Andy Boogaard

Boogaard: Kerman and NYL trio make statements at Fresno Easter Classic

The opening of the 46th Fresno Easter Baseball Classic on Monday brought 87-degree temperatures — 17 above normal — and a lot more of the unusual.

There was a tie that really mattered in the big picture because it involved Kerman, a longtime Division IV program now up to D-III, making a statement by pulling off a 5-5 tie with the Central Section’s fourth-ranked Clovis North on a three-run, two-out pinch double by sophomore Marcus Davis in the bottom of the ninth.

Fresno, Sunnyside and Reedley of the North Yosemite League all emerged 2-0 in a tournament-record 38-school field that will guarantee four games to each team in the regular phase through Wednesday afternoon.

The last team from the NYL as it is structured today to win the Classic was Hoover in 1996. And tournament host Fresno last won one in 1989, but the 12-6 Warriors bolted out of the box behind complete-game performances from Oscar Topete and Nick Serna in 11-0 (five innings) and 6-0 wins over Yosemite and Crater-Oregon at Euless Park.

And then there was Alec Gamboa. And how unusual is he?

In an era of single-sport specialization — many athletes who play year-round with one egg in their basket in pursuit of college scholarships — Gamboa could be found lacing up the cleats and playing two more baseball games.

After placing in the state in wrestling for the third consecutive season.

After starring in football as a two-way player for a section runner-up team.

And all with but a weekend break in between.

“It’s a grind, but I really love it,” said Gamboa, a left-handed pitcher/outfielder who will start on the bump at Clovis East at 7 p.m. Tuesday after the Coyotes lost to Buchanan 7-6 and tied Hanford 0-0 in nine innings.

The 6-foot-1, 190-pounder signed with Fresno State as a pitcher. But, hey, what about when the Bulldogs bring back wrestling?

“I’m pretty much baseball from here on out,” he said with a laugh.

“I grew up going out there and watching Fresno State. And, as I grew up, I realized there were other schools, but I always wanted to go to Fresno State. It’s been a dream.”

Kerman arrives

with a purpose

Kerman played in the 2013 Fresno Easter Classic in what originally was thought to be a one-time deal — basically to showcase now-pro pitcher Carlos Salazar, who lost 1-0 to Clovis and Jake Gatewood before 2,500 fans in a tournament epic.

That was actually the Lions’ only loss in four Classic games that year. They made the D-IV semis that season before winning the division last year at 28-4-1, landing Cal-Hi Sports Small Schools Coach of the Year honors for Jay Preuss.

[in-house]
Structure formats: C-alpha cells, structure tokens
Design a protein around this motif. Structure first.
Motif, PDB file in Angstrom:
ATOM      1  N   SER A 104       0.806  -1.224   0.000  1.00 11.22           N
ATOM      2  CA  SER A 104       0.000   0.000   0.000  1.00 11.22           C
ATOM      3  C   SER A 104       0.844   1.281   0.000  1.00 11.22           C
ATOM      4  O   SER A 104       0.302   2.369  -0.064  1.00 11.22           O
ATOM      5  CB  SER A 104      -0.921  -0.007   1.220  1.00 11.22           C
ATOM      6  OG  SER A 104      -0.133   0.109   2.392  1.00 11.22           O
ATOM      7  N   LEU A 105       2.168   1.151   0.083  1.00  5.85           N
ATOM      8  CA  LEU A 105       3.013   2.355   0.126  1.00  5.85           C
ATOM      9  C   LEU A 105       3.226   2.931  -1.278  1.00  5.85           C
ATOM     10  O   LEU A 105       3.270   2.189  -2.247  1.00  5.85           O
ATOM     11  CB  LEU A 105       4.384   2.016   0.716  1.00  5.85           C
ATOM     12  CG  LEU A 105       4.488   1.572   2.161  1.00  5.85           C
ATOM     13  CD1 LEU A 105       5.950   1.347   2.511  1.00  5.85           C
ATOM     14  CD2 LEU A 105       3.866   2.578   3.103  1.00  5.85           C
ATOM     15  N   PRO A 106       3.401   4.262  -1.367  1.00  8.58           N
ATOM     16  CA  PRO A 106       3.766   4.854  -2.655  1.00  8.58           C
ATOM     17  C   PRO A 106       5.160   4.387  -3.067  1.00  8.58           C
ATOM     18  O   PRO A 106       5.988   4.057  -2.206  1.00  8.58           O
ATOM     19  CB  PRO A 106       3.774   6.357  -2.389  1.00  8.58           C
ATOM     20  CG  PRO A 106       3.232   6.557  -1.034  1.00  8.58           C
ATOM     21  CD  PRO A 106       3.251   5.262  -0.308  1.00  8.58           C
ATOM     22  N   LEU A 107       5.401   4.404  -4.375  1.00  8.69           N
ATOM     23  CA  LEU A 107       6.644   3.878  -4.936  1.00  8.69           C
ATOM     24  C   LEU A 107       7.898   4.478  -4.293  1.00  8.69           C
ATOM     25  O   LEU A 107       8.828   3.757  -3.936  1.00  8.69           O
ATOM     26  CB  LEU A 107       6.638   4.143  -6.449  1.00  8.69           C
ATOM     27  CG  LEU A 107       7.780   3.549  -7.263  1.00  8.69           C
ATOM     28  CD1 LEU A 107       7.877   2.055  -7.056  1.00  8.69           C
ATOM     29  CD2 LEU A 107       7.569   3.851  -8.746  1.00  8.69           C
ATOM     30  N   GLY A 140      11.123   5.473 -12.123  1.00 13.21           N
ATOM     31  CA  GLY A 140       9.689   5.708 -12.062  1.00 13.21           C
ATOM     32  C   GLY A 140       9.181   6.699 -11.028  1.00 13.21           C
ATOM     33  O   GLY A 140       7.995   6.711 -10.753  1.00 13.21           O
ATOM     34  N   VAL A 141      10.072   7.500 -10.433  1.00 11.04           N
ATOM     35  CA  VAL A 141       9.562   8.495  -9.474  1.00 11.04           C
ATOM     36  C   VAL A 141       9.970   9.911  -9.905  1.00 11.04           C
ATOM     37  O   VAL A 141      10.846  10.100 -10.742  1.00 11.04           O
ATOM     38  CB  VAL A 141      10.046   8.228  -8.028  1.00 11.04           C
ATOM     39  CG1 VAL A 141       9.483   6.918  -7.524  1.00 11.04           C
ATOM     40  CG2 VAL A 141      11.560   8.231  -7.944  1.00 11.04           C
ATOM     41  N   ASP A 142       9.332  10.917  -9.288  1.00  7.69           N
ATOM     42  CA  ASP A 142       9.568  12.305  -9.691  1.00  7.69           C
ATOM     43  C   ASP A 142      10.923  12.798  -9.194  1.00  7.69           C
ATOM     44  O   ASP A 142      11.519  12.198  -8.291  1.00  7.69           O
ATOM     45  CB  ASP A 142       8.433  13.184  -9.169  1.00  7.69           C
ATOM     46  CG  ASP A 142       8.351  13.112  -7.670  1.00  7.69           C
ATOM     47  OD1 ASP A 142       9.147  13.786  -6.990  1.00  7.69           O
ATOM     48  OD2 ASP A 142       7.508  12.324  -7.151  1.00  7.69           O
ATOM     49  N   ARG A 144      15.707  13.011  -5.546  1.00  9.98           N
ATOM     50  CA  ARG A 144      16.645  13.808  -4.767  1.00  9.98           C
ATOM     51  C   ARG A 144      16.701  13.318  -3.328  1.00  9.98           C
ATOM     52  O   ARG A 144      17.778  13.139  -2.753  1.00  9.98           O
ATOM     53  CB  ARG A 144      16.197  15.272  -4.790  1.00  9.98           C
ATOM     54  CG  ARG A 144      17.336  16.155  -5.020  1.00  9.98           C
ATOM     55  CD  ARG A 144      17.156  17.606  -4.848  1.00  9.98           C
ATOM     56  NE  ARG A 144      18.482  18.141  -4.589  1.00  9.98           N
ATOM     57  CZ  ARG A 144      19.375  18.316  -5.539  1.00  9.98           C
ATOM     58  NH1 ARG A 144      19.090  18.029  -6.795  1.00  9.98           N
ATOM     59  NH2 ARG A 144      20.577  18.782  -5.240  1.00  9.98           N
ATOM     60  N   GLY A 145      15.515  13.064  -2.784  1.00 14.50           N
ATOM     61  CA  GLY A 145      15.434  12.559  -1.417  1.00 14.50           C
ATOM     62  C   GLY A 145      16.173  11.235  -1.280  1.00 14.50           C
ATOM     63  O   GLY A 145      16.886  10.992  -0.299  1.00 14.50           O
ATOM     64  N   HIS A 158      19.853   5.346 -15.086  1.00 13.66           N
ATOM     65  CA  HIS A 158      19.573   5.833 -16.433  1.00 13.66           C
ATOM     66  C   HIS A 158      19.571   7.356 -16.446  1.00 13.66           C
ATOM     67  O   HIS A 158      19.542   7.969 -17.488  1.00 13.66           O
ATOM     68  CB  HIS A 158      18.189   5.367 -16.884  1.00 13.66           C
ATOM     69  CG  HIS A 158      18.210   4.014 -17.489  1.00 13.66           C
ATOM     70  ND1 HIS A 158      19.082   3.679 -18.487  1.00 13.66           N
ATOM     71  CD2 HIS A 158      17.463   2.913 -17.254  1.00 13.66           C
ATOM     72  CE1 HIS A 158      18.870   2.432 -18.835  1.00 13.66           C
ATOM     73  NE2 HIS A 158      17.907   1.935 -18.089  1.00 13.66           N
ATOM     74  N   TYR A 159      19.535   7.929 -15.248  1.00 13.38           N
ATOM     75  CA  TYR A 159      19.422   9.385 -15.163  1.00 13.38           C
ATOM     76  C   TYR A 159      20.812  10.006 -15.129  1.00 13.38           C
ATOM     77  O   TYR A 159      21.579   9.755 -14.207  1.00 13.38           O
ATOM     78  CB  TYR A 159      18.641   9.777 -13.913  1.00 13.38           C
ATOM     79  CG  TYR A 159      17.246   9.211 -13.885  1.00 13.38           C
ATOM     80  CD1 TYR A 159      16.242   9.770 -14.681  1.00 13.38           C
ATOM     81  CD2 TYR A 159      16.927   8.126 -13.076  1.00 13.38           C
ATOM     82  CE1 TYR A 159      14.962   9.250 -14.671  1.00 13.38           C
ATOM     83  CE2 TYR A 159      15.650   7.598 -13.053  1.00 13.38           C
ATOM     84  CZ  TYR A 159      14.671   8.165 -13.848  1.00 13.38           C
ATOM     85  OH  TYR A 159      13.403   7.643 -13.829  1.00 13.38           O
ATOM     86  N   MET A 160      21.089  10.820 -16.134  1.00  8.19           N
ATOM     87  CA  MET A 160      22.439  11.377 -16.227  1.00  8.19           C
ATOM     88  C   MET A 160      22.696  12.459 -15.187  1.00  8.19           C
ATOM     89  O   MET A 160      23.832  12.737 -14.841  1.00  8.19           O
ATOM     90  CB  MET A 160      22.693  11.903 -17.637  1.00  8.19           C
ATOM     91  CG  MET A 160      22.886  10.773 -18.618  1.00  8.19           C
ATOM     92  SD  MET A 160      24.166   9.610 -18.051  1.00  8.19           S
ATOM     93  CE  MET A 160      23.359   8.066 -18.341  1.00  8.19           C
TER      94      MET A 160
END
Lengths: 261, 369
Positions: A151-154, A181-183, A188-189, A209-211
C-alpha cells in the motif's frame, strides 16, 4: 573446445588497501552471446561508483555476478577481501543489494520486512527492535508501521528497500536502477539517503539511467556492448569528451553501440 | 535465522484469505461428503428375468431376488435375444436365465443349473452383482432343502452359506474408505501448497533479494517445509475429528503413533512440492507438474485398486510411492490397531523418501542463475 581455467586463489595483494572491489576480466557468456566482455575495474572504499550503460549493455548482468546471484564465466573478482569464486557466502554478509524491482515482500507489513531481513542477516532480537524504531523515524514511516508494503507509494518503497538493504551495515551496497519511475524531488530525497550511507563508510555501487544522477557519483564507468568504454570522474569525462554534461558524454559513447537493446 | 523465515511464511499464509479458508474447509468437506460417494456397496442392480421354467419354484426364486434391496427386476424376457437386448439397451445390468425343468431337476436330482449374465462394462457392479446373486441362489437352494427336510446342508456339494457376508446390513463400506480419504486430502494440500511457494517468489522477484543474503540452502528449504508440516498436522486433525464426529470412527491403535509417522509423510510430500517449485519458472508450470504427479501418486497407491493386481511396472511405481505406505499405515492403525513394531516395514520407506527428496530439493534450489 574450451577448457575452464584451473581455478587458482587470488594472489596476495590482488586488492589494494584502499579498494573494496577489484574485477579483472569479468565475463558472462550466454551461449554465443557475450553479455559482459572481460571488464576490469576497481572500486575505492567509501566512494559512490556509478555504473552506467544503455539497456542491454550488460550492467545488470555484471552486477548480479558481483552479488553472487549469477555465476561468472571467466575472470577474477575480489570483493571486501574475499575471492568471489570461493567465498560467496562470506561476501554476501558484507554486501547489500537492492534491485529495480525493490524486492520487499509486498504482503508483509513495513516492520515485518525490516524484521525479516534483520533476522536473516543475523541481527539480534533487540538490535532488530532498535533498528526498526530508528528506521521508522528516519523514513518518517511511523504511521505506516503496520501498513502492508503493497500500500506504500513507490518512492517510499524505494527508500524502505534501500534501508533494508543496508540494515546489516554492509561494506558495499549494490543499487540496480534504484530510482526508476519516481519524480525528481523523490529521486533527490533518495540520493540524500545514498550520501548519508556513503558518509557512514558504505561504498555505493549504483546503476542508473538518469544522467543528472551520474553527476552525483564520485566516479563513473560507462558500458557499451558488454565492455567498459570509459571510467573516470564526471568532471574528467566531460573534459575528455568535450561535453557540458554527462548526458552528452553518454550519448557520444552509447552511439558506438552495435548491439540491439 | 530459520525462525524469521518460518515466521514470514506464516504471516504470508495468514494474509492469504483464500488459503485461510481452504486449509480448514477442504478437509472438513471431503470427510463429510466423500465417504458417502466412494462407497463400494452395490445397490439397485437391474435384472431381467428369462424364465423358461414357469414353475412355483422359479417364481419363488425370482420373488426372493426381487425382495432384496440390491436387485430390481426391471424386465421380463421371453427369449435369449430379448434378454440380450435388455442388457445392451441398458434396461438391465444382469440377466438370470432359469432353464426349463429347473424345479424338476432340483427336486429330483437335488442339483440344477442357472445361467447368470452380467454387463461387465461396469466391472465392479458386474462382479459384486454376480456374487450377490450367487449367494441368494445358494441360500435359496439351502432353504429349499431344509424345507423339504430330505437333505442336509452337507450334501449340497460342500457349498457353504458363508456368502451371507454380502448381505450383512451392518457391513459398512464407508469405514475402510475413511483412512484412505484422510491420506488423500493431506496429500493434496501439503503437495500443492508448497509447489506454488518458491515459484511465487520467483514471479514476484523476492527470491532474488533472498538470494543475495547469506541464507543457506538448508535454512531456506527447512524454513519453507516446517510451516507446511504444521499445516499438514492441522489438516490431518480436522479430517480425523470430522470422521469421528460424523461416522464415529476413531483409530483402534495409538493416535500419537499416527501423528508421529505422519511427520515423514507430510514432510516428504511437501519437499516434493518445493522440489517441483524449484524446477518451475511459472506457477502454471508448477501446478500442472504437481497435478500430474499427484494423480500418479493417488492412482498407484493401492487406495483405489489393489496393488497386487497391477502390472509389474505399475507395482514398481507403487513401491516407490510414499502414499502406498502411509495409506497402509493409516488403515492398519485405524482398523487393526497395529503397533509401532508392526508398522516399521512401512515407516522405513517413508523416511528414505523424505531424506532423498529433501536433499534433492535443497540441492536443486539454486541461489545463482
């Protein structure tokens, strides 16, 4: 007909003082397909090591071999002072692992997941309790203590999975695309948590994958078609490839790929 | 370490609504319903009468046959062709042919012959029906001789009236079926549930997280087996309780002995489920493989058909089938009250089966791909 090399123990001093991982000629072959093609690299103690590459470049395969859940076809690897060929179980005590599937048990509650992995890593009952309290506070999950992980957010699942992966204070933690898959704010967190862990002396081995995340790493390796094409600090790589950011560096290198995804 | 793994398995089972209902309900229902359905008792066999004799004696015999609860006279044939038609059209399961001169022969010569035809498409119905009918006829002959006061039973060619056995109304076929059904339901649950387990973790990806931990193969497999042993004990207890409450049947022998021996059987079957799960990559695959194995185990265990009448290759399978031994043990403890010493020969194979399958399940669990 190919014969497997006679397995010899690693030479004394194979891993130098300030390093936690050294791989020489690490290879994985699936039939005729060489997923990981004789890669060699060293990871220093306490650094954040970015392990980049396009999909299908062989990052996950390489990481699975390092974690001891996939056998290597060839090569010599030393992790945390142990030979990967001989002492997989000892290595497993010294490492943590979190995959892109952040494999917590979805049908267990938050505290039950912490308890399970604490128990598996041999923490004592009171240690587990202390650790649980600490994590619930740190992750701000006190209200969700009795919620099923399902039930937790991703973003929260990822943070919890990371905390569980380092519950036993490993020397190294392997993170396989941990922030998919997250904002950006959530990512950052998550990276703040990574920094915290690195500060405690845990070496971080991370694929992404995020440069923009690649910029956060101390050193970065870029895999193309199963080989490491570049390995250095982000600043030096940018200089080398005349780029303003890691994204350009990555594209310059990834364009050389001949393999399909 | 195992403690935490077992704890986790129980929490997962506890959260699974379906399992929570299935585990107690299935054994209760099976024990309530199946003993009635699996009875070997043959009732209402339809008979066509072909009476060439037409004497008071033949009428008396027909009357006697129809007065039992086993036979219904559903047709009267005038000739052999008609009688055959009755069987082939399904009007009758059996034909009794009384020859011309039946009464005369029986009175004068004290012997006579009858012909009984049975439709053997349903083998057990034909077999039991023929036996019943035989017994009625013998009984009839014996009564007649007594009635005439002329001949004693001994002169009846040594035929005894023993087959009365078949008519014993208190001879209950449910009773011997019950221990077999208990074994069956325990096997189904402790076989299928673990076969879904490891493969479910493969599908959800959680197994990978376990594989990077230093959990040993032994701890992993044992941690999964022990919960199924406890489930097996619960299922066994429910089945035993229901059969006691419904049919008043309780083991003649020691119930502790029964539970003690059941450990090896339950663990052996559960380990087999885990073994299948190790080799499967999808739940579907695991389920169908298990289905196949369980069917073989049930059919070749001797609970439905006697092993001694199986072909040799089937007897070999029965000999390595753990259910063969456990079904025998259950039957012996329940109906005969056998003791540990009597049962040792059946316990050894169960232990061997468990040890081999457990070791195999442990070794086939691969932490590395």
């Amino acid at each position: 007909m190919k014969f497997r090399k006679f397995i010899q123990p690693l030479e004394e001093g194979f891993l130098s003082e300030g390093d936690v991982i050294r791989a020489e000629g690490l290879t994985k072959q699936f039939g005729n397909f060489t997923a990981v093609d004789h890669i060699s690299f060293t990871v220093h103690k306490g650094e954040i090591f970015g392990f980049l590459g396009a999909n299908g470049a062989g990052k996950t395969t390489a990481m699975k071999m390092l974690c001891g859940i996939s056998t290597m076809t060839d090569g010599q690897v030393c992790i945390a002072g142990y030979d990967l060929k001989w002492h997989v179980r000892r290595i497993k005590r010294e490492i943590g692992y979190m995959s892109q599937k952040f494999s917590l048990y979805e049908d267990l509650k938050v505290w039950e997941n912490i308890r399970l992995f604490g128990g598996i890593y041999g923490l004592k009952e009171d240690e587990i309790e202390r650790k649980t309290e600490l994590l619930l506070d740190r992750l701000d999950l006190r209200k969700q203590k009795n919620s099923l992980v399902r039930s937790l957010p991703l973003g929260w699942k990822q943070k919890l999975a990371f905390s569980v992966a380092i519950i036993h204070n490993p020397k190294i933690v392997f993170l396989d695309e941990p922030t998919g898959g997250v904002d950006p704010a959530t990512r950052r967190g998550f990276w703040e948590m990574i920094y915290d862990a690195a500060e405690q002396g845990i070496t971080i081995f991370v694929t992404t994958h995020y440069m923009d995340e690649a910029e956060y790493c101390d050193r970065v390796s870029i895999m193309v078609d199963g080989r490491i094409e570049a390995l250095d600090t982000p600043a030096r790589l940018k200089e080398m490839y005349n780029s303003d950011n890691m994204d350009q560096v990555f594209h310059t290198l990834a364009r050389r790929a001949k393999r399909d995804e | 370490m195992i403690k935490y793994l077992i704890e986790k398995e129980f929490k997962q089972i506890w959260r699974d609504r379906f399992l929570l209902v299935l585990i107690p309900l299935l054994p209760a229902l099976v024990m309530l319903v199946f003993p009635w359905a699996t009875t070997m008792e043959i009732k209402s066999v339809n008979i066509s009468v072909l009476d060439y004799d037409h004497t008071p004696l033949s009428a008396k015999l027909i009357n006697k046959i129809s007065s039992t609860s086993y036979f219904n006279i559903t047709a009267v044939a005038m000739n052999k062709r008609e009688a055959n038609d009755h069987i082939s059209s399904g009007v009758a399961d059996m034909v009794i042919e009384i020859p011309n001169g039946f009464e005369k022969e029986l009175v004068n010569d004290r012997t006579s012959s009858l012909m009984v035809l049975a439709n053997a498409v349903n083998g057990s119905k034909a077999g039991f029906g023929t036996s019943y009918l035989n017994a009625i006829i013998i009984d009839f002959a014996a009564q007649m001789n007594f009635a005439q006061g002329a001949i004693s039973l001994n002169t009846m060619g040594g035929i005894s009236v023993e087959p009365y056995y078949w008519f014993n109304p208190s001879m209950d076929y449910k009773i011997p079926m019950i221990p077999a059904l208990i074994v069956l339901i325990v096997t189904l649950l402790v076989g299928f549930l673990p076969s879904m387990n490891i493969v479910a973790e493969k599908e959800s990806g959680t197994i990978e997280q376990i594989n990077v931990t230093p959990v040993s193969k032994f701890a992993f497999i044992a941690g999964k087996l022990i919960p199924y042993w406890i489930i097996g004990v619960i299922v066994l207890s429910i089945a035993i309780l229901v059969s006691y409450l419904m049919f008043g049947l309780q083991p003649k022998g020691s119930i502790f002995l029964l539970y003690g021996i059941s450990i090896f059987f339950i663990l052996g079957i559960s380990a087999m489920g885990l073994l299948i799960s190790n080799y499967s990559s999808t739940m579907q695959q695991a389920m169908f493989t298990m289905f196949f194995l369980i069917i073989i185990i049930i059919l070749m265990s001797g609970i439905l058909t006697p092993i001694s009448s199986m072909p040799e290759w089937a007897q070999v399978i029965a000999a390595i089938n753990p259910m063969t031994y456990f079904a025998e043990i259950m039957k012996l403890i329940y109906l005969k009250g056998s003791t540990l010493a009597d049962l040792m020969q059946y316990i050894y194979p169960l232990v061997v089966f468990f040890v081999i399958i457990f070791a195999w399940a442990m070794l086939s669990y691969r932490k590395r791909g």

Now 184-93-5 in 10 years with the program, he also won D-IV in 2012. This success resulted in Kerman being elevated to D-III this season as part of the section’s competitive equity system, which shapes division by performance, not enrollment.

With 1,284 students, the Lions are clearly one of the smallest schools in the Fresno Easter Classic.

But they threw numbers and intimidation out the window against perennial D-I power Clovis North, which draws from 2,300 students.

Kerman tied it in the seventh on Evan Sagariballa’s single and Andrew Flores’ RBI double.

Then the Lions rallied yet again to tie it for good, 5-5, in the ninth on D’Marco Ramirez’s double, Isaiah Daniel’s single, a walk and Davis’ double.

Kerman in recent years had been playing mostly in the Selma Greater Kiwanis tournament.

“Playing mostly lower-division teams there doesn’t help us with the playoffs, especially now that we’re D-III,” Preuss says. “We need to be challenged with a tougher schedule. Enrollment doesn’t matter to us. We consider Kerman a baseball school and I want to raise the bar for our program.”

The Lions will to go Clovis High on Tuesday for 10 a.m. and 4 p.m. games with Cosumnes Oaks-Elk Grove and North before opposing Lemoore on Wednesday at Buchanan in a duel surely to have D-III seeding implications in five weeks.

Selma solid in relief — sound familiar?

Buchanan sophomore right-hander Quentin Selma gave up only two hits in 3 2/3 innings to earn the win against Madera.

That kind of relief performance can be found in his pedigree.

“It’s always been in the family,” said the 6-2, 180-pounder, whose late grandfather, Dick Selma, pitched 307 games — mostly in relief — for seven major league teams from 1965-74.

Quentin Selma also had two hits against both Madera and Franklin-Elk Grove, but six-time Classic champion Buchanan — ranked No. 1 in the section, No. 6 in the state and 13th nationally — lost 3-2 at home to the 8-2 Wildcats in a late game.

Franklin, one of eight Sacramento-area teams from the Sac-Joaquin Section in the tournament, received six strong innings from starting pitcher Zachary Tresemer and a save from Hank LoForte.

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